Turning to the inequitable conduct issue, the decision as to whether inequitable conduct occurred is committed to the sound discretion of the trial court. See Modine Mfg. Co. v. Allen Group, Inc., 917 F.2d 538, 541 (Fed.Cir.1990), cert. denied, 500 U.S. 918 (1991). We review the trial court's ultimate determination of inequitable conduct for clear error of judgment; and review the underlying facts to ensure that the jury findings are supported by substantial evidence. See id. The district court based its finding that the inventors engaged in inequitable conduct on the jury's determination that the inventors, intending to deceive, withheld material information from the Patent and Trademark Office. The court concluded that the inventors' behavior should be imputed to Ameritek because, after becoming aware of the inequitable conduct, Ameritek continued to pursue this litigation. We do not find that the court clearly erred in reaching its ultimate decision, and we find that the jury determinations are supported by substantial evidence. Therefore, we see no reason to disturb the district court determination that Ameritek's actions amounted to inequitable conduct.


Finally, we review an award of attorney fees under 35 U.S.C. § 285 to determine whether (1) the factual basis for classifying the case as exceptional was clearly erroneous, see Morton Int'l Inc. v. Cardinal Chem. Co., 5 F.3d 1464, 1470 (Fed.Cir.1993), and (2) whether the court abused its discretion in determining that the award of fees was appropriate. See Reactive Metals and Alloys Corp. v. ESM, Inc., 769 F.2d 1578, 1583 (Fed.Cir.1985). Applying this standard, we see no reason to disturb the district court's partial award of attorney fees to Lasercut.5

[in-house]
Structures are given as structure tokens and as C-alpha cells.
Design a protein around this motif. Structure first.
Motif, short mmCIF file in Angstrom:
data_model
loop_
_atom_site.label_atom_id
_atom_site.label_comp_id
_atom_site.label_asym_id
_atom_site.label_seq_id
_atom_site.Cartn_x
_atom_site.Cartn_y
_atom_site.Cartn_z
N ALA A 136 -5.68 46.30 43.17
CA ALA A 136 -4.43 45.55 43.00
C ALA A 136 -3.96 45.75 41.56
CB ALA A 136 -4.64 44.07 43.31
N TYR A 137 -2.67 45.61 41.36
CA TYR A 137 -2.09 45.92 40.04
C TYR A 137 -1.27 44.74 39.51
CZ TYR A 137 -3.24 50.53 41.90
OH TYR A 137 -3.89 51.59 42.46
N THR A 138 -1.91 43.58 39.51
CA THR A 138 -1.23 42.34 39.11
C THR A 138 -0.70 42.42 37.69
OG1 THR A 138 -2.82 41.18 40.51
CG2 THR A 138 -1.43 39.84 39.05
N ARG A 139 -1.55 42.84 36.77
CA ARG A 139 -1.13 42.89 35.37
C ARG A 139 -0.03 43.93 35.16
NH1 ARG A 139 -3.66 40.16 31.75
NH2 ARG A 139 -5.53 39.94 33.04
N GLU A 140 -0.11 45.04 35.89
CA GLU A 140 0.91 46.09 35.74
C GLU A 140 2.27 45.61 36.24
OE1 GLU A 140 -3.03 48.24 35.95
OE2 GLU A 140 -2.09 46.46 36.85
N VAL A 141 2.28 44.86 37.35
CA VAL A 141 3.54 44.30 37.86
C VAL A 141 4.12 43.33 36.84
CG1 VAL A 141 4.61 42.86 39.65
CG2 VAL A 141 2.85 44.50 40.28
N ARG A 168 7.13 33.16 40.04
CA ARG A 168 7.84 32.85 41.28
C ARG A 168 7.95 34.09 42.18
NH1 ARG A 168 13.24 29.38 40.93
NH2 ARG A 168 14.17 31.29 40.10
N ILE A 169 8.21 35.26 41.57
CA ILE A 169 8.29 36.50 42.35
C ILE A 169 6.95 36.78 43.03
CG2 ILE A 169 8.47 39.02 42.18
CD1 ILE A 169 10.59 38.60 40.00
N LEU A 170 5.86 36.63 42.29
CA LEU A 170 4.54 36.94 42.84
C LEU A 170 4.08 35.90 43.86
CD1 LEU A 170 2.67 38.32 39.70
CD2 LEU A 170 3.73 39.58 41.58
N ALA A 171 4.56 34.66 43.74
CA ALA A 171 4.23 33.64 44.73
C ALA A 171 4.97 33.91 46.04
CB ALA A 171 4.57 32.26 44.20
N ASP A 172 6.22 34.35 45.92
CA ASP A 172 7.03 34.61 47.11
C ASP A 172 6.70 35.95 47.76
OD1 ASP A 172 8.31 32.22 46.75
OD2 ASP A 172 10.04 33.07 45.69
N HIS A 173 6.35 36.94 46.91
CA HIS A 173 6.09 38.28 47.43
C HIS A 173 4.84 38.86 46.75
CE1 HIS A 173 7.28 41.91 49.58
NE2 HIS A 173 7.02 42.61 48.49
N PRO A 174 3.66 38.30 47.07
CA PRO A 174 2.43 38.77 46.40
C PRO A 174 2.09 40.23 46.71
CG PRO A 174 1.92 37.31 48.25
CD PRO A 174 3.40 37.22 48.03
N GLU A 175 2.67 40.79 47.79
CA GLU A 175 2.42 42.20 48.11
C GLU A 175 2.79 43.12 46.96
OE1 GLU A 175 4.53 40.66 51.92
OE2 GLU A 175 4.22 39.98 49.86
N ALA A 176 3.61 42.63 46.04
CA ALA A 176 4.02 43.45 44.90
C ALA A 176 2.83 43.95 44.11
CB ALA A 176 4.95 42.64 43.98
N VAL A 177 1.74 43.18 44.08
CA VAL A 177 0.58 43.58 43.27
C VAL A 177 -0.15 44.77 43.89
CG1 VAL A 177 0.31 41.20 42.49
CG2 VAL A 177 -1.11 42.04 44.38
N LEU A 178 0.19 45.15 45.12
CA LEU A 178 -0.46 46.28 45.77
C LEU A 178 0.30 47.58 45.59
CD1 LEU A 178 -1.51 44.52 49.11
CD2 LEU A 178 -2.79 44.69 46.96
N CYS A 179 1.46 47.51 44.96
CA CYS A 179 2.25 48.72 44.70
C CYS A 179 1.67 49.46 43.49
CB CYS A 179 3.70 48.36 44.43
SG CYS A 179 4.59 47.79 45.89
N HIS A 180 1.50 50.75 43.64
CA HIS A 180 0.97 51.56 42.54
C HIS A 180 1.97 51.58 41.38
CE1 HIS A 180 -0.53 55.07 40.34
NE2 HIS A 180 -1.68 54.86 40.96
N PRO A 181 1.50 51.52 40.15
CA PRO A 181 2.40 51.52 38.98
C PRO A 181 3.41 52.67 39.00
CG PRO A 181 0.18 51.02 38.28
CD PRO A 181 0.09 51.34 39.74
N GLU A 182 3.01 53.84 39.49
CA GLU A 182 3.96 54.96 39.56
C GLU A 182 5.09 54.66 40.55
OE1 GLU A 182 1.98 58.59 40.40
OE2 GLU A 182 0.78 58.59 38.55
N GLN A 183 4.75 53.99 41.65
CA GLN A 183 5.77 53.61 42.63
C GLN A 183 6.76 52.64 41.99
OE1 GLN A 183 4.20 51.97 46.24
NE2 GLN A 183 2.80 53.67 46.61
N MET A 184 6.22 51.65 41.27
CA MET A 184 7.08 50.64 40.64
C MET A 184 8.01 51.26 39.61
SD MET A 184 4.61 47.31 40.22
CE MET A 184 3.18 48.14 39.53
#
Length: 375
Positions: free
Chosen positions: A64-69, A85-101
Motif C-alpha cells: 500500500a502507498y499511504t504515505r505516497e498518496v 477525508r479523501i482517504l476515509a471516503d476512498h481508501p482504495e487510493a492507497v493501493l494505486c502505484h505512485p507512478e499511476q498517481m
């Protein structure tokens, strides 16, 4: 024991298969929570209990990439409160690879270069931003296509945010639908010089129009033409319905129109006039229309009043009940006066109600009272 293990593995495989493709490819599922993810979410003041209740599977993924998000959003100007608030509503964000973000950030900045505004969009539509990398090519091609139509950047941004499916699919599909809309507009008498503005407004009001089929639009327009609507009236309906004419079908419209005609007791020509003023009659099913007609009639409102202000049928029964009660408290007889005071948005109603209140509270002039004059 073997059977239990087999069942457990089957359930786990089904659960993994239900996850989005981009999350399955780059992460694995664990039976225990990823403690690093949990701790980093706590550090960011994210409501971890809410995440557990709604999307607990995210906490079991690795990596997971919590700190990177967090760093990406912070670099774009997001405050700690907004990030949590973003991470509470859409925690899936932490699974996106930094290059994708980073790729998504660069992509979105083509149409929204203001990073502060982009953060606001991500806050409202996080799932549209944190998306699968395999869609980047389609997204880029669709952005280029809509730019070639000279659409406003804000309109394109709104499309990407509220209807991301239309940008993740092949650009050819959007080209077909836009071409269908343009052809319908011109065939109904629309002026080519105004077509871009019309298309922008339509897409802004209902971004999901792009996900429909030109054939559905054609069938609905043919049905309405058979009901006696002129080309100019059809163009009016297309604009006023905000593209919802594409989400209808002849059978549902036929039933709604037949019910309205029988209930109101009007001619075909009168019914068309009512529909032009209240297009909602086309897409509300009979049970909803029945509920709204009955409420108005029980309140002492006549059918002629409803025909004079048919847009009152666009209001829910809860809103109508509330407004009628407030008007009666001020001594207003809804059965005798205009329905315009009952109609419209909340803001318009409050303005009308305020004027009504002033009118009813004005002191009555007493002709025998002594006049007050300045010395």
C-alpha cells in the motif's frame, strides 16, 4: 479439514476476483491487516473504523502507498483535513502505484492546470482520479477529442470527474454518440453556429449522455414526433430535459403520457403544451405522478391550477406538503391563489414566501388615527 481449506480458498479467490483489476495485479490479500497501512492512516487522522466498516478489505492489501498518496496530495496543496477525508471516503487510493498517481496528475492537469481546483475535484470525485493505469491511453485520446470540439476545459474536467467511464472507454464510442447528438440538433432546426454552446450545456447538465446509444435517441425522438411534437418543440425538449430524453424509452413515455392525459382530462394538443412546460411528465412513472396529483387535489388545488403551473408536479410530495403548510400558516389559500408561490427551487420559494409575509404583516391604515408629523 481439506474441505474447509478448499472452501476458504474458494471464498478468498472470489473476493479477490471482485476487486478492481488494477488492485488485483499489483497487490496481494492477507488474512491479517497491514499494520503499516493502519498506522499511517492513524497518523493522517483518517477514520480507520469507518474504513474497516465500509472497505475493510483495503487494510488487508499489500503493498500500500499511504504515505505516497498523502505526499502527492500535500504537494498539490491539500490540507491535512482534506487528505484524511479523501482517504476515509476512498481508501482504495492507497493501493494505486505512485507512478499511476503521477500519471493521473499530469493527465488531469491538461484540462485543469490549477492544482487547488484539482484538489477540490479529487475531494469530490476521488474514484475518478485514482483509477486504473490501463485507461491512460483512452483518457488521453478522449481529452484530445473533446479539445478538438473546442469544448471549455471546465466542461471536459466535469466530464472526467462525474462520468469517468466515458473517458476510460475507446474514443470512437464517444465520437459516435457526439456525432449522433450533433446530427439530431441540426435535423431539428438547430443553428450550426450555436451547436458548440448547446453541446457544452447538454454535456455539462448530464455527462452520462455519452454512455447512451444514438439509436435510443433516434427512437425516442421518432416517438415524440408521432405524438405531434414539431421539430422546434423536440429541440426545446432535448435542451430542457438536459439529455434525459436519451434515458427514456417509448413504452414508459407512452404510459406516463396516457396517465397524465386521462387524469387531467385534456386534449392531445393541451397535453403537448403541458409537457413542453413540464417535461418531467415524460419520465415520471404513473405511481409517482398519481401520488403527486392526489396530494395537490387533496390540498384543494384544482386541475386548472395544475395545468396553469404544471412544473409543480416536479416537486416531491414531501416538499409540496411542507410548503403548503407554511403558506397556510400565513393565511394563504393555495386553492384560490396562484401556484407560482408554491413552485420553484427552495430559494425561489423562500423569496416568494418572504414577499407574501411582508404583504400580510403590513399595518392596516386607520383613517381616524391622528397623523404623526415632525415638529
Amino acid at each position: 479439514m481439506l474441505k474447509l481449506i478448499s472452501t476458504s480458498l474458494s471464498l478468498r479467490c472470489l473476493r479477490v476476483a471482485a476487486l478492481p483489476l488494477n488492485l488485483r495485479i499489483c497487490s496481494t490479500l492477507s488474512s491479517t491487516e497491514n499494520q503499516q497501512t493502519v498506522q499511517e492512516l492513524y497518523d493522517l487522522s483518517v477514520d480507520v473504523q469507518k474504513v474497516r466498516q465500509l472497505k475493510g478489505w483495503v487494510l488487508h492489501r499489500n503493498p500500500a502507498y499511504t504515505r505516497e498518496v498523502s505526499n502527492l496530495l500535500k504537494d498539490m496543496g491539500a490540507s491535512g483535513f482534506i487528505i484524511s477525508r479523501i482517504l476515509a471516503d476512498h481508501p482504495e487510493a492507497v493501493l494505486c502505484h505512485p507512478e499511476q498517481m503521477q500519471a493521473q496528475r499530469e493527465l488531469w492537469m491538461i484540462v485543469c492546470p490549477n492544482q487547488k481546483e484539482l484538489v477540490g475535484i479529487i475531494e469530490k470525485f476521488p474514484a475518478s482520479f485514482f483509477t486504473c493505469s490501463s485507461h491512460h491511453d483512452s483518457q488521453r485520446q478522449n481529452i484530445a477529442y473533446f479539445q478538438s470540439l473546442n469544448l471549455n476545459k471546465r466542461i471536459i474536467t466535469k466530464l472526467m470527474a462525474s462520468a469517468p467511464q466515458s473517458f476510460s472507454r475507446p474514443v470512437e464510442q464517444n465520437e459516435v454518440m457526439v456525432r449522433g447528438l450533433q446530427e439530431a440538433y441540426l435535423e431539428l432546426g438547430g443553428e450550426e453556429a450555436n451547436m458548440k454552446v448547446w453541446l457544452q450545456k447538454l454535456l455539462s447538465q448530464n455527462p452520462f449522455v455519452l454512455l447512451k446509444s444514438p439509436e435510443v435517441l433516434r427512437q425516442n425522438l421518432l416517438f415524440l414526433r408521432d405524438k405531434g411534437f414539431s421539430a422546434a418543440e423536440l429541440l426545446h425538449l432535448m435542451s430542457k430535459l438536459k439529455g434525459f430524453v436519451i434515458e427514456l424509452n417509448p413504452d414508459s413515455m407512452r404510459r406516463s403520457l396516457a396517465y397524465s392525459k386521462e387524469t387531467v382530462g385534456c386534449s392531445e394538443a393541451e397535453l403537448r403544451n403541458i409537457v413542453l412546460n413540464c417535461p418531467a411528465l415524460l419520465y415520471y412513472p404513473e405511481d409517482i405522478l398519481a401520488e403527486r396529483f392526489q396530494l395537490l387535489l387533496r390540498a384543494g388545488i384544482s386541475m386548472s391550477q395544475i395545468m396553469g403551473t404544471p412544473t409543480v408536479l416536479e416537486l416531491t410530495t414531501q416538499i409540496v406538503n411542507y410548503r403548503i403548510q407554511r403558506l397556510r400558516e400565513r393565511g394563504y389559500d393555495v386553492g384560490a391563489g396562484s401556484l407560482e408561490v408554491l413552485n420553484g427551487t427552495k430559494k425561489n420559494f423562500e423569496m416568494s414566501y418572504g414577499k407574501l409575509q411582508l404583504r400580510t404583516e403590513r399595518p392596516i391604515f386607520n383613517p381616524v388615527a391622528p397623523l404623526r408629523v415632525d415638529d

Although we affirm the district court judgment as a whole, we deny Lasercut's request for attorney fees under Fed. R.App. P. 38. Even if Ameritek's appeal had only a small chance for success, it " 'is not for that reason alone frivolous' and thus deserving of sanctions." Biodex, 946 F.2d at 863 (quoting Finch v. Hughes Aircraft Co., 926 F.2d 1574, 1578 (Fed.Cir.1991)).


Costs to Lasercut.


Ameritek asks us to find Biodex inapplicable to the case at bar, arguing that a JMOL motion would have been futile in light of the trial court's request for briefs on the exceptional case issue. Ameritek's argument is misplaced because Ameritek was required to move for JMOL before the case was submitted to the jury. Fed.R.Civ.P. 50(a)(2). Lasercut did not move the court to find the case exceptional, and the court did not request briefs, until after the jury returned a verdict. At that point, the district court was only empowered to entertain renewed JMOL motions initially made at the close of the evidence. Fed.R.Civ.P. 50(b). Thus, Ameritek's claim that it believed a JMOL motion would have been futile after the jury returned its verdict misses the mark


Compliance with the written description requirement is a question of fact. Following a jury trial, we review a determination on the requirement under the substantial evidence standard. Wang Labs., Inc. v. Toshiba Corp., 993 F.2d 858, 865 (Fed.Cir.1993)


The language contained at column 4, lines 40-44 was taken directly from the 1981 parent application. The 1981 application taught a method for creating a two-piece counterplate, where the first metal plate has slots extending completely through the plate, and the second metal plate is adhered to the first metal plate, thereby providing a solid backing for the slots


Our affirmance of the district court holding of invalidity based on the failure of the inventors to supply a sufficient written description renders the issues of best mode and enablement moot


We have considered Ameritek's remaining contentions on appeal and have found them all to be without merit